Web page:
Hacking judgmental impulses involves 2 aspects of unconsciousness. The first aspect is unconsciously judging yourself. The second aspect is unconsciously judging others. Both involve words that tramp across your mind without conscious permission. They isolate negative attributes that come from another place.
Hacking judgmental impulses: WHY?
Hacking judgmental impulses begs the question why are you thinking these judgments. Why are you seeking the critical? Could it be that you aren’t actually responsible for these debilitating thoughts? You have to know how off-setting these thoughts are whether they are pointed at you or another. So why do you experience them?
Hacking judgmental impulses TRUE?
When hacking judgmental impulses, you want to ask yourself, do you consider judgmental impulses about you true? Are they thoughts that expose something of a critical nature about you? Do you consider them a part of your life to be hidden? Do you view them as constructive criticism?
When you are hacking judgmental impulses about another person you want to question whether you believe the judgments to be true about the other person. Do you find your judgments of others to be more negative than observational? Are these judgmental impulses ideas of how the other person has missed some sort of predetermined standard?
Have you become so attached to judgmental impulses that you don’t recognize when they start? Once started you don’t know how to let them go? Have they become so much a part of how you view yourself that you’d be lost without them? When directed towards others do they protect you by diverting attention from your own self-criticism?
Hacking judgmental impulses YOU and SAFETY
If you answered yes to any of the above questions then your ego is set to full blast, doing all it can to keep you safe or make you the ‘winner.’ The way to hacking judgmental impulses pointed at you is to reassure your safety. As soon as you begin to judge yourself stop and ask, “What tis the safety issue here?”
Example of how to do this is if you have a judgmental impulse to call yourself ugly or stupid then stop as soon as you recognize the self-criticism and ask what is the safety issue here? If I am ugly then I’ll be rejected by others and being rejected feels very unsafe. If I am seen as stupid then I’ll never get the job I want and that feels very unsafe. After bringing the safety issue to light drop the judgment immediately. Stop obsessing over what you think eludes you. Know that whatever the criticism is, it is not true. Ask yourself, “Is the thought that I am stupid true?” Then ask, “Is it absolutely true?” Then contemplate: If I stopped believing that thought would my life improve, would I like/love myself more? For more information on TheWork ClickHere.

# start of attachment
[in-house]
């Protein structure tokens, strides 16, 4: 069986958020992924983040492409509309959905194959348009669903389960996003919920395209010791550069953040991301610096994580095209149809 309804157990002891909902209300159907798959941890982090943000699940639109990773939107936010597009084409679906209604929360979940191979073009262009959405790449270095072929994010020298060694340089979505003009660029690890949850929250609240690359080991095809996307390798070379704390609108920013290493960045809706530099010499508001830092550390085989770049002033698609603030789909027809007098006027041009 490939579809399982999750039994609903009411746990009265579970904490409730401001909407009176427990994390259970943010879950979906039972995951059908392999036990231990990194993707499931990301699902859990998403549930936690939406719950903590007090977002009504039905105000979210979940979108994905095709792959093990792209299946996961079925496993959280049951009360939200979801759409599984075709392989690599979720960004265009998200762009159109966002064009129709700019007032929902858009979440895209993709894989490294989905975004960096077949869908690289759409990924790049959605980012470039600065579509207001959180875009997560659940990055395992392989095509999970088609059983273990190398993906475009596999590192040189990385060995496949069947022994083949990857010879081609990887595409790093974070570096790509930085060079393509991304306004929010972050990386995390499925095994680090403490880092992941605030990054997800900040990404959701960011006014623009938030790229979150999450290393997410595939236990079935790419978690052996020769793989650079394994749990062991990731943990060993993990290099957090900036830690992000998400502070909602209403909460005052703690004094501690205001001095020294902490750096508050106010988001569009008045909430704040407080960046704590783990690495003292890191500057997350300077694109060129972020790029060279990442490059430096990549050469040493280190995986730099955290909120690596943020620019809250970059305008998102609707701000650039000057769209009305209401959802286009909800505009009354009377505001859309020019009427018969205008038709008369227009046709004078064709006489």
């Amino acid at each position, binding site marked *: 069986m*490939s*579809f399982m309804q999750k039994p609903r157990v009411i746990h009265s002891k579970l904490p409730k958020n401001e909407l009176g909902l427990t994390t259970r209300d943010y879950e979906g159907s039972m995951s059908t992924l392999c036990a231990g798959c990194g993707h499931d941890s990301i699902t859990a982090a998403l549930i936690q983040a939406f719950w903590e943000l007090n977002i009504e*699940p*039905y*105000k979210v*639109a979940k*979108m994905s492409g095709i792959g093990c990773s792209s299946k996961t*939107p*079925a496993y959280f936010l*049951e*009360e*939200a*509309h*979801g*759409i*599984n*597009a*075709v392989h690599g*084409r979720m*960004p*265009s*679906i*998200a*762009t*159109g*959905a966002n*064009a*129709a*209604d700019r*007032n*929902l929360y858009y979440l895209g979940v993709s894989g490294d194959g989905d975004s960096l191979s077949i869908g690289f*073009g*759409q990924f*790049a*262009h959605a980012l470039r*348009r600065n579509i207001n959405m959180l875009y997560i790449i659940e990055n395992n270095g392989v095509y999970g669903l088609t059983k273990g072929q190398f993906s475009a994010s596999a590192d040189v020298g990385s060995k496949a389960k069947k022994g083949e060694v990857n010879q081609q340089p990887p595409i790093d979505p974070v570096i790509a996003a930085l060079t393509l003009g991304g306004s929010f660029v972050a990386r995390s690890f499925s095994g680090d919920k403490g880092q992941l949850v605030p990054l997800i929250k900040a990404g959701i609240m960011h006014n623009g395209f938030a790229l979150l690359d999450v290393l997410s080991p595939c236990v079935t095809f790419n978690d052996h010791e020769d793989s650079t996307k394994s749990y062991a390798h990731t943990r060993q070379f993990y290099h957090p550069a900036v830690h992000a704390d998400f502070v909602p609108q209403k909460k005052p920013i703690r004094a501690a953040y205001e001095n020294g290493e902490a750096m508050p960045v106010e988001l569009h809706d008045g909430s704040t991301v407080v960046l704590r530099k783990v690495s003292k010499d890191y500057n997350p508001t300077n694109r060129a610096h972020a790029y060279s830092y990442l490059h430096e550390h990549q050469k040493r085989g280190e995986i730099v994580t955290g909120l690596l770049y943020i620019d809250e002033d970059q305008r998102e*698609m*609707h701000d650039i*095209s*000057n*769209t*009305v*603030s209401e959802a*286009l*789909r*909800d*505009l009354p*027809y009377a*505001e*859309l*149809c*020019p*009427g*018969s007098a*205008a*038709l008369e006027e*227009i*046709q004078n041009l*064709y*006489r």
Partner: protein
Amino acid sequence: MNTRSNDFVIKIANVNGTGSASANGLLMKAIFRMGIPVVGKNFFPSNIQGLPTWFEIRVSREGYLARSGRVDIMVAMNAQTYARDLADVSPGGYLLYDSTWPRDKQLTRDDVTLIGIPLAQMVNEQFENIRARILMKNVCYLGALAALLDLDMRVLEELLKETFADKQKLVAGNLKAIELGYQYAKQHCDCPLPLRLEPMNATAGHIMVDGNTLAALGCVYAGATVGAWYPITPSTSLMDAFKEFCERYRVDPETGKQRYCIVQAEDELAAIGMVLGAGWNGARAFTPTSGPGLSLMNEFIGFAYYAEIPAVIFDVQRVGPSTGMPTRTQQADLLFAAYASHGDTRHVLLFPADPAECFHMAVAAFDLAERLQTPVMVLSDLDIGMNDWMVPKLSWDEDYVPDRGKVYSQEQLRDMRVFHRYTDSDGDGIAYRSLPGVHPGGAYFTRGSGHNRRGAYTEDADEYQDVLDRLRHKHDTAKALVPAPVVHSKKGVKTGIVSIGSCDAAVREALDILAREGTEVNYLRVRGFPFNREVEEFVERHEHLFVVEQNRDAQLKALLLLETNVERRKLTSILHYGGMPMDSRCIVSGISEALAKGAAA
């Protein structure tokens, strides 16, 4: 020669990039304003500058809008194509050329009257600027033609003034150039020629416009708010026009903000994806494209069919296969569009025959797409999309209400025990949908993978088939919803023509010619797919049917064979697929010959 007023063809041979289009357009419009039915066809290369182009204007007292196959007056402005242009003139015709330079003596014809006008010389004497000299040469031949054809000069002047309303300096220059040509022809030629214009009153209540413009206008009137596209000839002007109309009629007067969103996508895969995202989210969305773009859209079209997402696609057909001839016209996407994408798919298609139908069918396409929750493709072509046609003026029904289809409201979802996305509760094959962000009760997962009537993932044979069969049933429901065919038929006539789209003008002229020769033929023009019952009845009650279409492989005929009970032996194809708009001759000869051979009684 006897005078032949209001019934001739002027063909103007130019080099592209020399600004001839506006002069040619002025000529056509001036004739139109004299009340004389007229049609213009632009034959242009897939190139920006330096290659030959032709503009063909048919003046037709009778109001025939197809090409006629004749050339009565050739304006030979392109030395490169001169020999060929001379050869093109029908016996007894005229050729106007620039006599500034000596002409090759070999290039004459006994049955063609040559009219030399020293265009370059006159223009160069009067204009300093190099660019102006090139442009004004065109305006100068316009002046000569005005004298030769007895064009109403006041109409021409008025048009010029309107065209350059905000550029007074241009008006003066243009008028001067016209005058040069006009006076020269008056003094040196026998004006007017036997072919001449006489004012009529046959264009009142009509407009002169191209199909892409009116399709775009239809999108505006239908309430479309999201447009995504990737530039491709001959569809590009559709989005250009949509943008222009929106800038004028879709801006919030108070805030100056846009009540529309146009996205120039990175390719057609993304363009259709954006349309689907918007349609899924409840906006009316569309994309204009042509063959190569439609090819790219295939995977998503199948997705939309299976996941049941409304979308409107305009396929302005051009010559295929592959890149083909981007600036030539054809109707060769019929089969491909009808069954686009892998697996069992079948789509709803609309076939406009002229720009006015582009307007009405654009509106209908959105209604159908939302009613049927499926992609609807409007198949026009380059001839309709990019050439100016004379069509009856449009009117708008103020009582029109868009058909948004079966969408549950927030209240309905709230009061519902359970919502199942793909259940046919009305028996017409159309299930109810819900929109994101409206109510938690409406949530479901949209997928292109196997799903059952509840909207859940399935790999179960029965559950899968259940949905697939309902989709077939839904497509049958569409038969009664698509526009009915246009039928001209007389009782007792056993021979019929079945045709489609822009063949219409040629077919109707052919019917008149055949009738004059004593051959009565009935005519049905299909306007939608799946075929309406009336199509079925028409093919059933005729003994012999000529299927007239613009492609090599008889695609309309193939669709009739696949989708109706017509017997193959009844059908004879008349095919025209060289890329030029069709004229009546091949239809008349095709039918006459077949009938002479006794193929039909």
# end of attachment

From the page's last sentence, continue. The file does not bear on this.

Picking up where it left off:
Hacking judgmental impulses others and Winning
Let’s take a look at hacking judgmental impulses about another person. As an example, if you have the impulse to judge another person as controlling or perhaps rude or anything negative, stop as soon as you recognize this criticism. Ask what will I lose if this criticism is true? Stop obsessing and ask what did I lose here? If you judged the other person to be controlling then you believe that you lost control of the exchange with the other person. Ask yourself did I really lose control of the exchange? Is that true? Is it absolutely true? If I stopped believing that I lost control would my life improve?
You can try this with judging someone to be rude. As soon as you hear the word rude in your head, stop obsessing about the thought of rudeness and ask, what did I think I lost here? I lost sense of appreciation and respect. Did having one judgment of rudeness cause me to lose respect for myself? Is that true. Is that absolutely true? What would my life be like without that thought?
The happy arrival of your dreams depends on your ability to be conscious. Hacking judgmental impulses keeps you conscious of the real you. It keeps you from making too much of the ego’s task of safety and winning. Be easy on yourself. Be delighted with yourself. Recognize the great in yourself and others.